Looky-Wooky

Shama made appointments with Zadam but things never worked out. The strange, disfigured man who called himself “Upside-downy” also had a reversed view of time.

It was unclear whether he swapped a.m. for p.m., seconds for minutes, or dates for hours, or some combination of them all. The result was that Shama waited around, became annoyed and went home. His calls to Zadam never went through. Those numbers were probably mixed up too.

Shama bumped into him crossing railway tracks. Zadam was chanting to himself again, saying, “Upside-downy; Upside down me; Everything is and everything isn’t; As it should be and as it shouldn’t; Upside-downy…”

Shama stopped right in front of him and said, “Hello there, stranger.”

Zadam replied in his usual backwards manner, “Goodbye.”

“That’s three appointments you haven’t kept this week. Is it worth making another one?”

Zadam’s mouth rose. This is what happens when it is set near the top, rather than the bottom, of your face. For once he was stuck for words. After a moment he said, “I would like to go for coffee, yes.”

He sometimes sees things so clearly, thought Shama. He anticipates whole conversations and relates them backwards, and can smell what things will become, but he misses so many things. His world is darkened by a hood pulled tightly around his deformed head. He is cut off. Shama felt that he should befriend him further to expand his existence.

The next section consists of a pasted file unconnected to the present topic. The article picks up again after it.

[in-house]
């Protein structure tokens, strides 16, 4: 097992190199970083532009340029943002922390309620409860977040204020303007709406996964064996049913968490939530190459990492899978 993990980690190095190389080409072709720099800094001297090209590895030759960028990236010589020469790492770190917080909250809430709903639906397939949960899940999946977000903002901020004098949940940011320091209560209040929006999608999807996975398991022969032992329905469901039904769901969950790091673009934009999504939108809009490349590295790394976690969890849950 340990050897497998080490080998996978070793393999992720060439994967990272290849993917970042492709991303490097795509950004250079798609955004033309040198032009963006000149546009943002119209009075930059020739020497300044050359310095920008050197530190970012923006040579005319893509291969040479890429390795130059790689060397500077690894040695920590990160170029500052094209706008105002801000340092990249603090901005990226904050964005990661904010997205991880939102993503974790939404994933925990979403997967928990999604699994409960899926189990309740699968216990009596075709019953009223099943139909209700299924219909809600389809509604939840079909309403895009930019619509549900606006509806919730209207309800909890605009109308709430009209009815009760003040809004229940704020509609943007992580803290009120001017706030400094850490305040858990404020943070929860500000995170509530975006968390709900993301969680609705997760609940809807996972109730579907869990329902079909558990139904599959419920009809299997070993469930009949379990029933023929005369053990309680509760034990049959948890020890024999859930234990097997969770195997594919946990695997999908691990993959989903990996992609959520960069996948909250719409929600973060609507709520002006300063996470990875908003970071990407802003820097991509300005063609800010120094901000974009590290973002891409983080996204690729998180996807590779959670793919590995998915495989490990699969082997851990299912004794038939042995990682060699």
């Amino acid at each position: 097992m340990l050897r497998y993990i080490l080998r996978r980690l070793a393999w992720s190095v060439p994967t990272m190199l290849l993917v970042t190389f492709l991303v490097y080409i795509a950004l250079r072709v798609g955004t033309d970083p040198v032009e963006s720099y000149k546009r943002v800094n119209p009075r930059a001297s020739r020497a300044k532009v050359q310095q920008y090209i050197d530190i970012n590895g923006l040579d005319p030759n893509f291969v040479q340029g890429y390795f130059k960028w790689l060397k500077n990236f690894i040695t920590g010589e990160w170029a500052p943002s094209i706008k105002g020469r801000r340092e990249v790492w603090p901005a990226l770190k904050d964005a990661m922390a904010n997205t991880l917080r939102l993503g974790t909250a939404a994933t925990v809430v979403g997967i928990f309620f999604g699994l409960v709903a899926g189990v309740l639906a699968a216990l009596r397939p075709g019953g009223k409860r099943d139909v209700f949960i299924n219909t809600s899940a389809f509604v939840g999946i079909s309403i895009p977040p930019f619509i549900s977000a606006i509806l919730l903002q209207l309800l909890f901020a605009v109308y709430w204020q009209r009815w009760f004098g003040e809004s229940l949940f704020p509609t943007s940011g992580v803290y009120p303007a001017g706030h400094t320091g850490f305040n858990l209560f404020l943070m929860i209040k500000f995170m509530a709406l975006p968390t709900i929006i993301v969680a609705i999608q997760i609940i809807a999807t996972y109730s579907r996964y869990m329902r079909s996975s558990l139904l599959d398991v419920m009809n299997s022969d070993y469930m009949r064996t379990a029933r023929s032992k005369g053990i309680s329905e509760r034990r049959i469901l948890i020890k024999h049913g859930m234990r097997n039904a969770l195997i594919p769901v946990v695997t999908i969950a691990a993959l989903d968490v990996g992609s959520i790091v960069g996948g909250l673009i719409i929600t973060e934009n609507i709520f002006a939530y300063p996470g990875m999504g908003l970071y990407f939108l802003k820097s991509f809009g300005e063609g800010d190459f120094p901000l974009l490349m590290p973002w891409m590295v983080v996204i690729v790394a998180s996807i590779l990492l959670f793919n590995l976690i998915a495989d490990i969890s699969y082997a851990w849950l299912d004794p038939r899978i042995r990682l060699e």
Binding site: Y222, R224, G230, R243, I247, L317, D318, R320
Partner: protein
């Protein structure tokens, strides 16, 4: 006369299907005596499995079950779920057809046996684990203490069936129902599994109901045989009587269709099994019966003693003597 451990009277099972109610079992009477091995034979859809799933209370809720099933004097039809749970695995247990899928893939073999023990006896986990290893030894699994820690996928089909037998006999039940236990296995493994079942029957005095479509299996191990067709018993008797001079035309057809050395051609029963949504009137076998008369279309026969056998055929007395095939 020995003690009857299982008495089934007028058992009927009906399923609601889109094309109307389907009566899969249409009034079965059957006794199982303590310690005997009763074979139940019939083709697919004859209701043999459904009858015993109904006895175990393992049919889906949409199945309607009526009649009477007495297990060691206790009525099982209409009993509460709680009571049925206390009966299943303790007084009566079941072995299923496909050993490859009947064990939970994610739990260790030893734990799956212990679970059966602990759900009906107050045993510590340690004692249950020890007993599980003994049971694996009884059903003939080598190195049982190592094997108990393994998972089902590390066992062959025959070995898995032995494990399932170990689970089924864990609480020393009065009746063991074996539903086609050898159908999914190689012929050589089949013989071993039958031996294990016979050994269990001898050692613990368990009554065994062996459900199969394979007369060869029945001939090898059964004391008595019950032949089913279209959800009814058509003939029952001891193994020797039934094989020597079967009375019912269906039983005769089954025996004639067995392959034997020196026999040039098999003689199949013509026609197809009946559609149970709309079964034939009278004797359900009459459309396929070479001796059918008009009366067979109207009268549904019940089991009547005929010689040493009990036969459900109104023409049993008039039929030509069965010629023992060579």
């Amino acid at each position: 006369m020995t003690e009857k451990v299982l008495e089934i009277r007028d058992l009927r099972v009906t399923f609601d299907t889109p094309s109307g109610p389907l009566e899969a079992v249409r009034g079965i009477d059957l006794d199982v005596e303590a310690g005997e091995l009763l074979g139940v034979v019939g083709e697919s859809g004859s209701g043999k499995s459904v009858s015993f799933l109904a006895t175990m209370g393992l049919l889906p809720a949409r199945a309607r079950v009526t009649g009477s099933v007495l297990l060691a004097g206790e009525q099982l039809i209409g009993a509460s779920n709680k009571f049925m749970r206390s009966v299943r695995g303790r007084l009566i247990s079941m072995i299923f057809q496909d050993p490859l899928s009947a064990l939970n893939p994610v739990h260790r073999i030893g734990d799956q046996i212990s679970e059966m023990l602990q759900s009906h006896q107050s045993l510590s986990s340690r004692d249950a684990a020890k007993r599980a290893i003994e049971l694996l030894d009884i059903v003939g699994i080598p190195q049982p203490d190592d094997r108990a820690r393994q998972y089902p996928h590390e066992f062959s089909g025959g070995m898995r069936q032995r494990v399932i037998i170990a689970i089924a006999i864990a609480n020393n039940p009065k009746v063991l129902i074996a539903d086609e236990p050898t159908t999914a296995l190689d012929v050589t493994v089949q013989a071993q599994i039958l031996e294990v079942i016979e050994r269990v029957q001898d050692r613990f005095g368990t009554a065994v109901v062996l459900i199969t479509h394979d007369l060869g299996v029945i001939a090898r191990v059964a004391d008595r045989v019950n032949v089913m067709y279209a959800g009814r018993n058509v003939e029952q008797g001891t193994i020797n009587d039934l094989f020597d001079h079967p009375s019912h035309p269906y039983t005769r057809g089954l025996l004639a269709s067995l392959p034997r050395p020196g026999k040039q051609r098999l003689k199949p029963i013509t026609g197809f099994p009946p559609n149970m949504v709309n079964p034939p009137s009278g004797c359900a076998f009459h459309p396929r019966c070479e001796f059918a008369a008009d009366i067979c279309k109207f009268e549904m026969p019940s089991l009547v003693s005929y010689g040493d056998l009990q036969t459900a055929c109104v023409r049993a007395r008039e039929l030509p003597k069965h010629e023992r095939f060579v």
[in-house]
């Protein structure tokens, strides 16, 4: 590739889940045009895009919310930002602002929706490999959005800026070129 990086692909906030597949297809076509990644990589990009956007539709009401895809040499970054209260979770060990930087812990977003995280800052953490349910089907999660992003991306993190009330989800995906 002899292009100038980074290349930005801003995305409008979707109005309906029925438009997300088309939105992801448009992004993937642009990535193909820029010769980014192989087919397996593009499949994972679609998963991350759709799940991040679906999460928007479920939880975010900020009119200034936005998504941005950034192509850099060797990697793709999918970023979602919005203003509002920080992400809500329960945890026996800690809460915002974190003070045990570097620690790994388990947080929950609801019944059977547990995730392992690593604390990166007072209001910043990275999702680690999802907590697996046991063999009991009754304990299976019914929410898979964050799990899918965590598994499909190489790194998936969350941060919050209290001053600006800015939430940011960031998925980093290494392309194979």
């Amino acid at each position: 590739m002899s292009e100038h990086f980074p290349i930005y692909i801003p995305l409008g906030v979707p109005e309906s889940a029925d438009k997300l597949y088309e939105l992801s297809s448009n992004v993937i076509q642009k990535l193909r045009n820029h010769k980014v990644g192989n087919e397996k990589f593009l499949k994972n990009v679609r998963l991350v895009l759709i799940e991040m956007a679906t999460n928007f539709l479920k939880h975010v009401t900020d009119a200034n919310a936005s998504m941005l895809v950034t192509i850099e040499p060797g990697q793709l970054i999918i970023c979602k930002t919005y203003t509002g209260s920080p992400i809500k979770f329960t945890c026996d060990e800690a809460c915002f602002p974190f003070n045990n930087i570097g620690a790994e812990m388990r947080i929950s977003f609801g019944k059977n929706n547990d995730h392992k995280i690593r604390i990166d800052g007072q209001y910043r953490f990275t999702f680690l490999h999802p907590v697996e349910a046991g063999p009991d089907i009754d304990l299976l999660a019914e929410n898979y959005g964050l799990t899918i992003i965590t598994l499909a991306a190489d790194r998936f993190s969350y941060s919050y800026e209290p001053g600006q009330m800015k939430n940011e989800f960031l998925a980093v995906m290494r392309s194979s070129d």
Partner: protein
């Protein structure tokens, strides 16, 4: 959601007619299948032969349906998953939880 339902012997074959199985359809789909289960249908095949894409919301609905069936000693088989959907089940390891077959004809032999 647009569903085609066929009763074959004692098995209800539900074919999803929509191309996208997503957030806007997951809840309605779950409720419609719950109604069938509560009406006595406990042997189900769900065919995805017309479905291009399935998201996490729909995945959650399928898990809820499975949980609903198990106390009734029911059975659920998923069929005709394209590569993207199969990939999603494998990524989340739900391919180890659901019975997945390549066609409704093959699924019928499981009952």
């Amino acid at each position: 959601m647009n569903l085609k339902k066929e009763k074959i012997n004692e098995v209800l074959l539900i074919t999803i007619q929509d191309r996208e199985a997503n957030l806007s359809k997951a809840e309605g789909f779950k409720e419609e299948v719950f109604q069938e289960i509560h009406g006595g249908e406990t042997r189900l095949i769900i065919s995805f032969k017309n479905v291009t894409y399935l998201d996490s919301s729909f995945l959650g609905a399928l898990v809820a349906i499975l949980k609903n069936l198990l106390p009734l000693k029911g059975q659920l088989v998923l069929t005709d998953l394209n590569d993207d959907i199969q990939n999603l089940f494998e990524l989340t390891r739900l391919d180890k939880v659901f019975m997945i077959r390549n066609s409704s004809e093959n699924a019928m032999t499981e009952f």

They arrived at the coffee shop and took an empty table on the patio. Mt Alba shone white, seeming like an enormous pyramid that could only have been built by aliens. Maybe it was a symbol placed there in hope that we would one day understand. Despite it towering over the village, people remained unaware of its message, so clear, pointing upwards.

Shama brought two coffees to the table. Zadam raised his cup over his eyes and nose, to his lips. Some people stared.

“Does that bother you?” said Shama. “People staring at you?”

“They’ve never seen me before, so I don’t mind. Let them stare.”

Raising his mug, Zadam seemed cross-eyed, which somehow didn’t seem odd. It was the least strange thing about him. He said, “People have expectations. One view of things. But then they see other ways, and after a while they get used to them.”

Was Zadam speaking normally? Were his sentences now progressive rather than reversed? Or was it Shama’s mind compensating somehow?

Zadam continued, “It is silly to have only one view of things. Birds sing sweetly but also shit on your head. Electricity gives light but is made by burning fossil fuel. Cars take you places but also kill people. Rods and cones. Pods and bones. My mother and father, teachers, myself and God, are all good and bad. We see with rods and cones. Lights and colours. Sods and tones. Everything can be seen two ways. This way and that way.”

He was suddenly annoyed by something. He stood up and shouted at the coffee drinkers on the patio, “What are you all looking at?”

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